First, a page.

Maxx is a purple-clad superhero living in a cardboard box. His only friend is Julie Winters, a freelance social worker. Maxx often finds himself shifting back and forth between the "real" ... See full summary »
Roughly-drawn but well-written cult cartoon about alien invasion. Small aliens on Earth, needing human receptacles, expand their hosts' craniums to ludicrous dimensions to use as living ... See full summary »
A collection of animated shorts, from a variety of non- mainstream producers, in a wide range of styles, including traditional ink and paint, claymation and computer graphics. Some of the ... See full summary »
Aeon Flux is a mysterious and amoral secret agent from the country of Monica. Her motives or background are left unexplained, as are those of her antagonist/love, Trevor Goodchild. On her ... See full summary »
John Rafter Lee,
Space Ghost in his 40s is no longer a superhero, and now he even goes by his real name Tad Ghostal. However, to remain in the spot-light he has started his own late-night talk show filmed ... See full summary »
C. Martin Croker,
Maxx is a purple-clad superhero living in a cardboard box. His only friend is Julie Winters, a freelance social worker. Maxx often finds himself shifting back and forth between the "real" world and a more primitive outback world where he rules, and protects Julie. Mr. Gone, a self-proclaimed "student of the mystic arts" seems to know more about Maxx and Julie and their strange relationship than they could ever guess, but he's not exactly telling all....not yet, anyway. Written by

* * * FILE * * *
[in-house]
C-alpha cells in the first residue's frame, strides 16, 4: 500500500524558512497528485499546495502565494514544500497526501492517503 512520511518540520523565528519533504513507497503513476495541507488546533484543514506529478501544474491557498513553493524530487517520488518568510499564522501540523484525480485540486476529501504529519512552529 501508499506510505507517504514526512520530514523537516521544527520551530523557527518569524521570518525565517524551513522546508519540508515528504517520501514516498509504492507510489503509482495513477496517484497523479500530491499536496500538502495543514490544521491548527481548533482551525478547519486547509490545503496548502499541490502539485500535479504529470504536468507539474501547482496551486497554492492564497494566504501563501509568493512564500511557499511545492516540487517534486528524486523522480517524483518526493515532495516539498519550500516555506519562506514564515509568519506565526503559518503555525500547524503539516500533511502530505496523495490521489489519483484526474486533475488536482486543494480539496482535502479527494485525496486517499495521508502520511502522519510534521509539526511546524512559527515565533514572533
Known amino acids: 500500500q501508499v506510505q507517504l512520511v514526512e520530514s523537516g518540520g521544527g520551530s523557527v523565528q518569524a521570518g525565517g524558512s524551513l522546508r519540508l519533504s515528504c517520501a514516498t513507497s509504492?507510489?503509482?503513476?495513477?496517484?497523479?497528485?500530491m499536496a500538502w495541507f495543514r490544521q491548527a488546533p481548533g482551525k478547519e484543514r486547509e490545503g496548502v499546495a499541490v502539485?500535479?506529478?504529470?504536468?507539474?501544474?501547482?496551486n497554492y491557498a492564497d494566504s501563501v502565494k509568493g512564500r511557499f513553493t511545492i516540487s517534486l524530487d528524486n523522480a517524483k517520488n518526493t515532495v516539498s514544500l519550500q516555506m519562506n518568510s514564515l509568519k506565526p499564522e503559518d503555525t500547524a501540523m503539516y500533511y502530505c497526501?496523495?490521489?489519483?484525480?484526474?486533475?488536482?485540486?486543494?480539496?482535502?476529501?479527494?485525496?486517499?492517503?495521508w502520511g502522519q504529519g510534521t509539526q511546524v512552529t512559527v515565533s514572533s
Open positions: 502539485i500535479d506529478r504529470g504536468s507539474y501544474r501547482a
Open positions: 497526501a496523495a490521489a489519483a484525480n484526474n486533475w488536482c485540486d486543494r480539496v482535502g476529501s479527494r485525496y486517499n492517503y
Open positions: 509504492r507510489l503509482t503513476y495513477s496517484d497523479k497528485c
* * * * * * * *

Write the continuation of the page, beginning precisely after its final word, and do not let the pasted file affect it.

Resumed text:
Gregg Long <firstname.lastname@example.org>
The comic book series was adapted into an animated series as part of the MTV program Oddities. It covered Darker Image #1, The Maxx #1/2, and issues #1-11 of the regular series, depicting the introduction of Julie, the original Maxx, Mr. Gone, and, later, Sarah. The series included few of the revelations of the characters' origins, however, and did not describe the interconnections between them. The series made wide use of scanned artwork and CGI. See more »
That's how it ends, Doc. Not with a bang, or a whimper, but with a "thwack."
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The writing is some of the best I've ever seen when it comes to animation. It is, at times, utterly confusing and that's the point. You, the viewer, are thrown into the world of "The Maxx." It is as bizarre as the Maxx's psyche and will leave you wondering what you just watched. The amazing cinematography amidst the complexity of storyline make "The Maxx" appealing to the eye as well as the mind.
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